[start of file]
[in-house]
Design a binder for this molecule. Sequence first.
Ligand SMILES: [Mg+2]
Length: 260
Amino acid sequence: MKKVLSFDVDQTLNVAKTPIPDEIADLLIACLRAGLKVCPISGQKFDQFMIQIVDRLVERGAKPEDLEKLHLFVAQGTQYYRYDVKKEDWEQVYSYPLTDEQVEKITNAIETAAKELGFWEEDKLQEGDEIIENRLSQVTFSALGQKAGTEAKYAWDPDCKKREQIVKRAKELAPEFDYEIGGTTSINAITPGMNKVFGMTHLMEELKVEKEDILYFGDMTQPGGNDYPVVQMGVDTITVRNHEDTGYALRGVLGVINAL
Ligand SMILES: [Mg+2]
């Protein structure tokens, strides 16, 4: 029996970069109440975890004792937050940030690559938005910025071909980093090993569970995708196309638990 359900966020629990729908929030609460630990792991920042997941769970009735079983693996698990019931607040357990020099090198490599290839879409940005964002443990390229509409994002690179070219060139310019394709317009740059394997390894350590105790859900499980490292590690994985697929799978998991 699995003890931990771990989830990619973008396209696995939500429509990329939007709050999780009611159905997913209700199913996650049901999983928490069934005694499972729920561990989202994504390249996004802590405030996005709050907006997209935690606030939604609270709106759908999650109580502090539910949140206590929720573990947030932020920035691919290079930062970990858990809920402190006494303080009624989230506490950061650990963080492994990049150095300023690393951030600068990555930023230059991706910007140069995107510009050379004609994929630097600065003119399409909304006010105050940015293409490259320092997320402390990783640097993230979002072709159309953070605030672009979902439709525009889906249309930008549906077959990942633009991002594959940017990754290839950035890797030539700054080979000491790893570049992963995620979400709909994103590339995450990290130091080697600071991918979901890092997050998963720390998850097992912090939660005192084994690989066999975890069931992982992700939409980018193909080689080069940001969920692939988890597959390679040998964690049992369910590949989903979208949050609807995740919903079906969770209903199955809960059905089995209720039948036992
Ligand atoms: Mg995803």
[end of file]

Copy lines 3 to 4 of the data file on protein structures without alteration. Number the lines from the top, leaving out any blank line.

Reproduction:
Ligand SMILES: [Mg+2]
Length: 260